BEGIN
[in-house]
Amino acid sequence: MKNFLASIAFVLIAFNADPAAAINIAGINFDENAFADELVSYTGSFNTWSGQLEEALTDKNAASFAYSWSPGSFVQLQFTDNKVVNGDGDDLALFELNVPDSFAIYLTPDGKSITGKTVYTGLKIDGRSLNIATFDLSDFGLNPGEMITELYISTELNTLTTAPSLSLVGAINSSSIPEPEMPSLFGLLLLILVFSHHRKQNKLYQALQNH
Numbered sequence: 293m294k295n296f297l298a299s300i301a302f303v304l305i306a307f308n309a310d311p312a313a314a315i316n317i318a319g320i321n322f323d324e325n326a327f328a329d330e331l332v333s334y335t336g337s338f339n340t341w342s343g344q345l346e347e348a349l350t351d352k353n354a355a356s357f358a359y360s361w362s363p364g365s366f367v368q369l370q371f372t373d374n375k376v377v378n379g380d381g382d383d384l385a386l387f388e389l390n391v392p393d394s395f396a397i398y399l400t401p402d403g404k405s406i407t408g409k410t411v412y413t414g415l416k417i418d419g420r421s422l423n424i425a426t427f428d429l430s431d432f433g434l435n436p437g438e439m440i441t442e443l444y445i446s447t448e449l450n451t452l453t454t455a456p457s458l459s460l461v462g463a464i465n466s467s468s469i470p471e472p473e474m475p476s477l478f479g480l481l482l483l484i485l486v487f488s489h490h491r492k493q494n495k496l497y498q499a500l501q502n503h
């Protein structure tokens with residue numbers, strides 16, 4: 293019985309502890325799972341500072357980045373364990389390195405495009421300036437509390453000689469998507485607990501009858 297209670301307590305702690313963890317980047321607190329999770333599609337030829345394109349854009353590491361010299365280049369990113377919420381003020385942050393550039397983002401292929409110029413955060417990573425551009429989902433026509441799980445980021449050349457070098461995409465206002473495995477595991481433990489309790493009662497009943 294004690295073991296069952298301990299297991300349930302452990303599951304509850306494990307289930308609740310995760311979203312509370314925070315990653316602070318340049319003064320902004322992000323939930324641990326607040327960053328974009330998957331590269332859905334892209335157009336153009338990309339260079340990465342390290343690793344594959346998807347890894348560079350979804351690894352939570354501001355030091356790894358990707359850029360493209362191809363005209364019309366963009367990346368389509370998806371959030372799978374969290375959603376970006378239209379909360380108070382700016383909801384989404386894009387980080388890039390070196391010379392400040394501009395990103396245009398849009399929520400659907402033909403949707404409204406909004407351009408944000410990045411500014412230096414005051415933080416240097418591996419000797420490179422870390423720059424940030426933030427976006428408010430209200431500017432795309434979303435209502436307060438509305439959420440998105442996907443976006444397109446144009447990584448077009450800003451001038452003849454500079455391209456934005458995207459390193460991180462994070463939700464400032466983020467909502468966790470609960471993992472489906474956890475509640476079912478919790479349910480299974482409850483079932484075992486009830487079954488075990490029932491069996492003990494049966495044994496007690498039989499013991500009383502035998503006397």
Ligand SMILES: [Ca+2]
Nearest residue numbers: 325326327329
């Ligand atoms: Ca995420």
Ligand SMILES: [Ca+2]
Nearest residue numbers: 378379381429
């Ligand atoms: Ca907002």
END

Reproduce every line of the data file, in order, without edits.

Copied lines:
[in-house]
Amino acid sequence: MKNFLASIAFVLIAFNADPAAAINIAGINFDENAFADELVSYTGSFNTWSGQLEEALTDKNAASFAYSWSPGSFVQLQFTDNKVVNGDGDDLALFELNVPDSFAIYLTPDGKSITGKTVYTGLKIDGRSLNIATFDLSDFGLNPGEMITELYISTELNTLTTAPSLSLVGAINSSSIPEPEMPSLFGLLLLILVFSHHRKQNKLYQALQNH
Numbered sequence: 293m294k295n296f297l298a299s300i301a302f303v304l305i306a307f308n309a310d311p312a313a314a315i316n317i318a319g320i321n322f323d324e325n326a327f328a329d330e331l332v333s334y335t336g337s338f339n340t341w342s343g344q345l346e347e348a349l350t351d352k353n354a355a356s357f358a359y360s361w362s363p364g365s366f367v368q369l370q371f372t373d374n375k376v377v378n379g380d381g382d383d384l385a386l387f388e389l390n391v392p393d394s395f396a397i398y399l400t401p402d403g404k405s406i407t408g409k410t411v412y413t414g415l416k417i418d419g420r421s422l423n424i425a426t427f428d429l430s431d432f433g434l435n436p437g438e439m440i441t442e443l444y445i446s447t448e449l450n451t452l453t454t455a456p457s458l459s460l461v462g463a464i465n466s467s468s469i470p471e472p473e474m475p476s477l478f479g480l481l482l483l484i485l486v487f488s489h490h491r492k493q494n495k496l497y498q499a500l501q502n503h
């Protein structure tokens with residue numbers, strides 16, 4: 293019985309502890325799972341500072357980045373364990389390195405495009421300036437509390453000689469998507485607990501009858 297209670301307590305702690313963890317980047321607190329999770333599609337030829345394109349854009353590491361010299365280049369990113377919420381003020385942050393550039397983002401292929409110029413955060417990573425551009429989902433026509441799980445980021449050349457070098461995409465206002473495995477595991481433990489309790493009662497009943 294004690295073991296069952298301990299297991300349930302452990303599951304509850306494990307289930308609740310995760311979203312509370314925070315990653316602070318340049319003064320902004322992000323939930324641990326607040327960053328974009330998957331590269332859905334892209335157009336153009338990309339260079340990465342390290343690793344594959346998807347890894348560079350979804351690894352939570354501001355030091356790894358990707359850029360493209362191809363005209364019309366963009367990346368389509370998806371959030372799978374969290375959603376970006378239209379909360380108070382700016383909801384989404386894009387980080388890039390070196391010379392400040394501009395990103396245009398849009399929520400659907402033909403949707404409204406909004407351009408944000410990045411500014412230096414005051415933080416240097418591996419000797420490179422870390423720059424940030426933030427976006428408010430209200431500017432795309434979303435209502436307060438509305439959420440998105442996907443976006444397109446144009447990584448077009450800003451001038452003849454500079455391209456934005458995207459390193460991180462994070463939700464400032466983020467909502468966790470609960471993992472489906474956890475509640476079912478919790479349910480299974482409850483079932484075992486009830487079954488075990490029932491069996492003990494049966495044994496007690498039989499013991500009383502035998503006397």
Ligand SMILES: [Ca+2]
Nearest residue numbers: 325326327329
């Ligand atoms: Ca995420």
Ligand SMILES: [Ca+2]
Nearest residue numbers: 378379381429
């Ligand atoms: Ca907002």